Monday, November 3, 2008

Silly Halloween Leads to Deeper Thoughts

So Halloween has passed. It's a fun, silly "holiday" where we can all dress up as something else. And I love how that means we dress up (or should it be down?) as something "slutty." Up until this year, I was the complete opposite, but I finally gave in and decided to be revealing. And I had fun doing it. Not going to lie, I felt kinda sexy. Not that I got any action out of it.. hehe. But it was still fun, for myself, to be doing something, dressing in something, that I would NEVER ever dress in on any other day.

So I posted my pictures on Facebook as well. After they got posted on there, I remembered that my sister also has a Facebook account and realized she would most likely be seeing these photos. And more than likely, she would be sharing these photos with my mom. What would they think about them? Especially of the picture where I'm getting sandwiched molested by Apollo and Naked Chef? And then the next question was, do I really care if they see the pictures? I think my answer to that was NO, because I haven't taken down the pictures. Does this mark another step in my coming out? I don't really care if they see the pictures. And I think somewhere in my subconscious, I want them to see it and I want them to ask me about it. This does not mean that I'm not terrified about coming out to my family though - because I still am! I still think/believe that they would disown me. But there's SOMETHING inside me that's begging for them to find out.

But do you think that me wanting them to find out is just me being afraid of actually telling them that I'm gay? Because there's a big difference between me telling them and them finding out. I guess here are my thoughts on the two scenarios:
  1. They find out: I don't have to come up with the courage to sit them down and tell them. They just ask me about it, and I tell them "yes." But would it take even more courage to say the words "yes?" Because them finding out would mean that I'm not prepared. It would most likely be some sort of ambush from my family where they suddenly ask me about it. Would I be prepared to say "yes?" But it would only be one word and I can just blurt it out and tell them.
  2. I tell them: Will I ever find the courage to actually do this? Since I believe in all my heart that they would disown me, will I EVER actually do this? But it's something that I can prepare for. And it would be done on my terms... my way. Though it seems that doing it on my terms sounds WAY better, I just don't think I can get over the fear of essentially losing my family and actually doing it.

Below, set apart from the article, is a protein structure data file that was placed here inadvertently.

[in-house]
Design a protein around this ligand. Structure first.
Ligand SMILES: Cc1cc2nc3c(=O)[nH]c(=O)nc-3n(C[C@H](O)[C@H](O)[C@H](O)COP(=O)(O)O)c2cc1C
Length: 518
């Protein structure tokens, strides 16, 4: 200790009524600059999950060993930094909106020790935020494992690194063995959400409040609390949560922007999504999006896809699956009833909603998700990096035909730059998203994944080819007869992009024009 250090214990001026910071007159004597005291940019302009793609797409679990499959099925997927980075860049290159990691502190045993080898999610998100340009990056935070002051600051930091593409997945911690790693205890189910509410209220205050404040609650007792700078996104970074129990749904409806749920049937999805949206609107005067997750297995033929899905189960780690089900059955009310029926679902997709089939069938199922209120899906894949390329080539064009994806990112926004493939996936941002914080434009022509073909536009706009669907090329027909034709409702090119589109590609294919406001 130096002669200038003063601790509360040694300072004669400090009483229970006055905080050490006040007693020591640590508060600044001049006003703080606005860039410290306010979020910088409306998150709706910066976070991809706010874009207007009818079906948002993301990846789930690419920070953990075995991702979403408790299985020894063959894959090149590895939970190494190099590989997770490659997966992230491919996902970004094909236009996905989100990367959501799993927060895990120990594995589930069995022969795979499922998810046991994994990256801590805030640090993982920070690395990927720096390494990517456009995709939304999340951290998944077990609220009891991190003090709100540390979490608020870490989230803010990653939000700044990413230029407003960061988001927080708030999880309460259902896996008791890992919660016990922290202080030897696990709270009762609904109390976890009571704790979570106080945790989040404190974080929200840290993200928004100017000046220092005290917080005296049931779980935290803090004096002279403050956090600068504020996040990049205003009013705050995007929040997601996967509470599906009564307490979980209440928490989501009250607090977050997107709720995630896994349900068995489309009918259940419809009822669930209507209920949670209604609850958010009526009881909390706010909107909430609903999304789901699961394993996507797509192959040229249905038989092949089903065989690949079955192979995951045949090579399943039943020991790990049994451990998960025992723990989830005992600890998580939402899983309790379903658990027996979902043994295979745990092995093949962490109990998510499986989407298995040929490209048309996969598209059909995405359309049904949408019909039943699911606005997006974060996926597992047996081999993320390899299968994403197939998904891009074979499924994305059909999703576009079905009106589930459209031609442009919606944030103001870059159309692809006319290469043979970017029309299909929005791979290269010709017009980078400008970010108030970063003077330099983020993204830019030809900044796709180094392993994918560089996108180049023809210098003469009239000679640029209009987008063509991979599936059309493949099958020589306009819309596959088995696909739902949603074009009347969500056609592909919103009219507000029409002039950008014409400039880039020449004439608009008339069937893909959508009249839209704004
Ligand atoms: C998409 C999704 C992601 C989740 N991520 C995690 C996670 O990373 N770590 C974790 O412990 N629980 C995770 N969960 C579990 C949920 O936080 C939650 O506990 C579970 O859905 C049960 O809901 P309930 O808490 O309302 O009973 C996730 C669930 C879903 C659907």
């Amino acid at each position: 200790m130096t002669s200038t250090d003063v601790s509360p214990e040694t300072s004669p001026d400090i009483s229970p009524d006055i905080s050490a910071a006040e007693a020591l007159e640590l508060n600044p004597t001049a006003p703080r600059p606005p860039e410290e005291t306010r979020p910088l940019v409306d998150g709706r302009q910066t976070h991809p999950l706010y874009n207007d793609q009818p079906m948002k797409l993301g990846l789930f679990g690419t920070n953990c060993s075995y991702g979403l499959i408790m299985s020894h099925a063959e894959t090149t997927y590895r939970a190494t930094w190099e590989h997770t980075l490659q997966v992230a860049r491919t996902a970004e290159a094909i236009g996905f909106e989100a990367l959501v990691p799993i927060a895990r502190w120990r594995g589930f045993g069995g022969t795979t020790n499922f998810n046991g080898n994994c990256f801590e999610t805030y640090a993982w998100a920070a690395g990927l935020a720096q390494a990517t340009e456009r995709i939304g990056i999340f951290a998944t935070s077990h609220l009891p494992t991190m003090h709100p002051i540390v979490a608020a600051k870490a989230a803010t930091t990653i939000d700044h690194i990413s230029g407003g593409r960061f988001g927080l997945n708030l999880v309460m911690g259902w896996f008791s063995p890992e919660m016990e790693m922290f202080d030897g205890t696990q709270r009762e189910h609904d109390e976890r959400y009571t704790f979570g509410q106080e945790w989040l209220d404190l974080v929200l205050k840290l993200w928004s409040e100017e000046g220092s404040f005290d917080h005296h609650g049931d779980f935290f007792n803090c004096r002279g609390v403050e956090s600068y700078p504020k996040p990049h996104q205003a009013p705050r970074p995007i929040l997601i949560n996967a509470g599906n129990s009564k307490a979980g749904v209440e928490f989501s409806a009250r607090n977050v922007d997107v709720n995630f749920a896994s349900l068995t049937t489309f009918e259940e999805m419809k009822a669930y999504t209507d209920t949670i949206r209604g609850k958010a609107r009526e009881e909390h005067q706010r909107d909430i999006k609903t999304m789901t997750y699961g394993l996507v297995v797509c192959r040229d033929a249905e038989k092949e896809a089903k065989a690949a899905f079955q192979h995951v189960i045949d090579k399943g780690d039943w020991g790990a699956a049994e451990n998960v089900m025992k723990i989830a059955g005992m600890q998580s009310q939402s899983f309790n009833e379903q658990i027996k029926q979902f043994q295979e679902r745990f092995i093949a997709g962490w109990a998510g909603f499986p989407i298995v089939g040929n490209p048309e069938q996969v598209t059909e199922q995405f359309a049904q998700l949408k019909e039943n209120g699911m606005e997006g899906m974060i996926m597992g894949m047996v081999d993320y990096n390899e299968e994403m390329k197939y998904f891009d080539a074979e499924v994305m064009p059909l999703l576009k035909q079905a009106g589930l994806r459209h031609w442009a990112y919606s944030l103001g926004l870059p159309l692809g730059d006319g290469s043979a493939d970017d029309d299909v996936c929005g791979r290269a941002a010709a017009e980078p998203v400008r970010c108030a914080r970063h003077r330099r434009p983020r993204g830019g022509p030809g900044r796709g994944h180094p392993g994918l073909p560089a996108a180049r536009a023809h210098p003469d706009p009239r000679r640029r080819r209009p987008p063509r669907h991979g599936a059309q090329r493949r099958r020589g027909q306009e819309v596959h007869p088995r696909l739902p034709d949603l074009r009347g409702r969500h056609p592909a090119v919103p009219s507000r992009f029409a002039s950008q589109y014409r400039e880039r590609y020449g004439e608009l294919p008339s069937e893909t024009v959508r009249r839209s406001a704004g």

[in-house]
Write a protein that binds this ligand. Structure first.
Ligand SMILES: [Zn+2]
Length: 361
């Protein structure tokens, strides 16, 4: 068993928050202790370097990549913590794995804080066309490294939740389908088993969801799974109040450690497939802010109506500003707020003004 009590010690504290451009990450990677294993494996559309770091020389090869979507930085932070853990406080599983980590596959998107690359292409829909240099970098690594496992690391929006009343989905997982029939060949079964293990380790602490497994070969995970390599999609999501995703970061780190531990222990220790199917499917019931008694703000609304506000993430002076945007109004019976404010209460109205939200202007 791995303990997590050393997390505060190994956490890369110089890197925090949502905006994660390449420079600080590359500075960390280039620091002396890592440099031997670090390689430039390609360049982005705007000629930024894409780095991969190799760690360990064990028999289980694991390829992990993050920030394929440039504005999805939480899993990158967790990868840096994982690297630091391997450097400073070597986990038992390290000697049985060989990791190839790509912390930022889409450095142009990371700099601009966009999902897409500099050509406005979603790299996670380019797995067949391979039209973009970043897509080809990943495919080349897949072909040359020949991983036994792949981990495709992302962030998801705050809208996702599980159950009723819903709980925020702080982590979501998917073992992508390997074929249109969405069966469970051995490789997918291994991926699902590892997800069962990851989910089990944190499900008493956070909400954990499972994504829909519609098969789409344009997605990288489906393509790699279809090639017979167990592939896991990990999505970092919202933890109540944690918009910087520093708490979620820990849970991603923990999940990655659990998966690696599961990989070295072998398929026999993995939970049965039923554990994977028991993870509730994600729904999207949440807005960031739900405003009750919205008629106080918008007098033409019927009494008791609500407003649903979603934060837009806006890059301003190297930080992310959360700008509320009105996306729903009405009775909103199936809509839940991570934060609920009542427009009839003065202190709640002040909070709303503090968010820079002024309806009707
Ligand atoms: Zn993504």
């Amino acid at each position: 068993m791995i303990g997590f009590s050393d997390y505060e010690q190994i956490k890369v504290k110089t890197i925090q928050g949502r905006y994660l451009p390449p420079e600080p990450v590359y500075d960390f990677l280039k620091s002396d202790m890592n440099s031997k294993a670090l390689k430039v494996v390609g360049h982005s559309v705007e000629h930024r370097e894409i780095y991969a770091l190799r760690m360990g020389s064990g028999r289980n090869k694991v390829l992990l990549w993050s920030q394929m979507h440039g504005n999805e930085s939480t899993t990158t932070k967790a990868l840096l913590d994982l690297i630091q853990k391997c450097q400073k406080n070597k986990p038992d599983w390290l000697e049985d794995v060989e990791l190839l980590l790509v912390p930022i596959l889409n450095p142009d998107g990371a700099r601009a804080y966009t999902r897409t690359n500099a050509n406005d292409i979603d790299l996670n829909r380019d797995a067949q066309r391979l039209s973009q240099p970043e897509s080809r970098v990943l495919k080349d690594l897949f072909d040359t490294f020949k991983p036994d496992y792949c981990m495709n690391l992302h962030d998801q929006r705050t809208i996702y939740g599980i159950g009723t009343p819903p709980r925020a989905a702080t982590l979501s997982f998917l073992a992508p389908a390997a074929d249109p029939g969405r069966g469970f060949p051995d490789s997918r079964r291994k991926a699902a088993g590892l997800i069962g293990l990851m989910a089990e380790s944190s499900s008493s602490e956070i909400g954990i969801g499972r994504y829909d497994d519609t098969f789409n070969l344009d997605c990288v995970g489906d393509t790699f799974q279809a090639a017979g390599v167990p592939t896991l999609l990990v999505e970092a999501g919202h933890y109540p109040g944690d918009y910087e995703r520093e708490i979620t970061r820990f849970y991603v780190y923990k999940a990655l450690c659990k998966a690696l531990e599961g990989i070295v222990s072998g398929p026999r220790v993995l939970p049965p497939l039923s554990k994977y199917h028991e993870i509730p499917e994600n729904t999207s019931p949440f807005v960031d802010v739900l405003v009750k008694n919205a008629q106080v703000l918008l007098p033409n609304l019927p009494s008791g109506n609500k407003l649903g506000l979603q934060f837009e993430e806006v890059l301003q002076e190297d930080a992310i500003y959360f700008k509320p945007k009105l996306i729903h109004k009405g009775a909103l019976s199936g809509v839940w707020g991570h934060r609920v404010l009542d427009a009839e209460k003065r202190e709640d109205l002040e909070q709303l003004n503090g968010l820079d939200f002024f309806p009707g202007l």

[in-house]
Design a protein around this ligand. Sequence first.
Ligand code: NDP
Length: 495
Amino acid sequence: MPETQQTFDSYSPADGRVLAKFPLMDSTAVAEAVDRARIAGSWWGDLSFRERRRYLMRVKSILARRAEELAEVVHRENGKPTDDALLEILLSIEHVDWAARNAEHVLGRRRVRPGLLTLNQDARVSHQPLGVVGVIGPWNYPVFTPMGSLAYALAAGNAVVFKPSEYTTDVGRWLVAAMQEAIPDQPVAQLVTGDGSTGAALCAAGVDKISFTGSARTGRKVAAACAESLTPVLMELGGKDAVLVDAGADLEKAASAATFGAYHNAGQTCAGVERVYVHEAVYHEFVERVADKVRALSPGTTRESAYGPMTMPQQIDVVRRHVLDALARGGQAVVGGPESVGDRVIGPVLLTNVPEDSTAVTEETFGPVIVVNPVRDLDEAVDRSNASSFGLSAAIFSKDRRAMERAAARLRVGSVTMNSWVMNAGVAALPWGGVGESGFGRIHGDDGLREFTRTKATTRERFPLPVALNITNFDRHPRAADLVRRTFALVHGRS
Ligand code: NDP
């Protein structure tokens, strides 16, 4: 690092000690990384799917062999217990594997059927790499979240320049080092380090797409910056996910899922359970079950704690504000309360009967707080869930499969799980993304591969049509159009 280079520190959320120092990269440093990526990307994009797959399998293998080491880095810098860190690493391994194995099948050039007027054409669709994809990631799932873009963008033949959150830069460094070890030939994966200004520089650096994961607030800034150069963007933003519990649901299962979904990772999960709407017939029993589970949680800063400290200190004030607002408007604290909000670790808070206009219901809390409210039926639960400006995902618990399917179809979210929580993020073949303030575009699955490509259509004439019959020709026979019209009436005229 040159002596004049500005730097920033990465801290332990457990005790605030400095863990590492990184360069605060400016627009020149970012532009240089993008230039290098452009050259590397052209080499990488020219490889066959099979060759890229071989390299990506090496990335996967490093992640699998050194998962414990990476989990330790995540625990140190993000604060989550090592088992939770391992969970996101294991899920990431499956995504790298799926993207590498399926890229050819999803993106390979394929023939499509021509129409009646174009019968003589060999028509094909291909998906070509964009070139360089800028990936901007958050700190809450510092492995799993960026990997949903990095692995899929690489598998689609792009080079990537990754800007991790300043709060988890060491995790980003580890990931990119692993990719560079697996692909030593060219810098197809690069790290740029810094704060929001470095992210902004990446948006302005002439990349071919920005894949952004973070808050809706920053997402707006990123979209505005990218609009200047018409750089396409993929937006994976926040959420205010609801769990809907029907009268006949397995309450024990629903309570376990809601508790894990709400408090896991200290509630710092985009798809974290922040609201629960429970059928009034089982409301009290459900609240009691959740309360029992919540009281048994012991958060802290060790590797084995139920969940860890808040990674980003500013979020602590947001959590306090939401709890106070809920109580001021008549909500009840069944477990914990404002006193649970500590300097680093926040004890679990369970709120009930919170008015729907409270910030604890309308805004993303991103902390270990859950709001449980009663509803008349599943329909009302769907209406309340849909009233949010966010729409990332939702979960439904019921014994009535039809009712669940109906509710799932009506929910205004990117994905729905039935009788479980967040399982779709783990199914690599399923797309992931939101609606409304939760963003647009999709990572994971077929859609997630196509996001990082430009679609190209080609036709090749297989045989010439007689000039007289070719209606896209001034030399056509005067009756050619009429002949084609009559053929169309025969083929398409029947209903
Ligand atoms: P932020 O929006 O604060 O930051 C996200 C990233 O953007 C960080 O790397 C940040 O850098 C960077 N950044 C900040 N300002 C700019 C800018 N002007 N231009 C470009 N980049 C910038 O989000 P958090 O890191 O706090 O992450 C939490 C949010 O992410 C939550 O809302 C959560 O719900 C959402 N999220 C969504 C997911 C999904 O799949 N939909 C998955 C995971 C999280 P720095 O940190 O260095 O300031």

And so a silly day like Halloween has caused all these thoughts to be racing in my head.. who would've thought, huh?


AJCon89 said...

awww.... buddy...

I'm sorry that you feel like you cant come out to them... trust me... know the feeling.

But if you think it is going to go really bad, maybe its best that they dont find out before you are ready... could cause more headaches that way... plus I think that they deserve to be told in a proper way... they are your parents and they dont deserve to see it on your facebook...

make sense at all?



Doug said...

Thanks AJ, for the hugs. :)

But I forgot to mention that I've also been supporting No on Proposition 8 (which seeks to eliminate the right for gay marriage). I've been posting statuses and notes/bulletins about No on Prop 8. I even produced and filmed a short PSA for No on Prop 8 with my friends and posted it on my Facebook... so it's not just the pictures from Halloween now... So I think it's just a matter of if they want to put two and two together.... blah...

naturgesetz said...

Hey doug,

I think the cop and bunny No.2 more than make up for Apollo and the Naked Chef.

You may be on to something about this being your subconscious trying to out you. But you do have deniability. Not only all the girls in the pics, but also you're more covered up than two of the three guys. And I'm not sure that your costume will scream "Gay" at them. Shucks, it doesn't even scream "Gay" at me.

But I can't imagine how scary it must feel to have to seriously fear being disowned if your parents find out. My advice, fwiw, is to delay letting them know as long as you can. And if they ask, I'd suggest that the first words should not be a simple admission (or denial). I'd suggest saying, "I never asked for it. I never chose it. It was something I came to realize about myself, but it was already there. I don't know why I'm this way. I only know that I am. But I'm the same person I always was." They may not let you finish the speech, but I think it's really important, if they confront you, to get the point that it's not your choice out there on the table before anything else.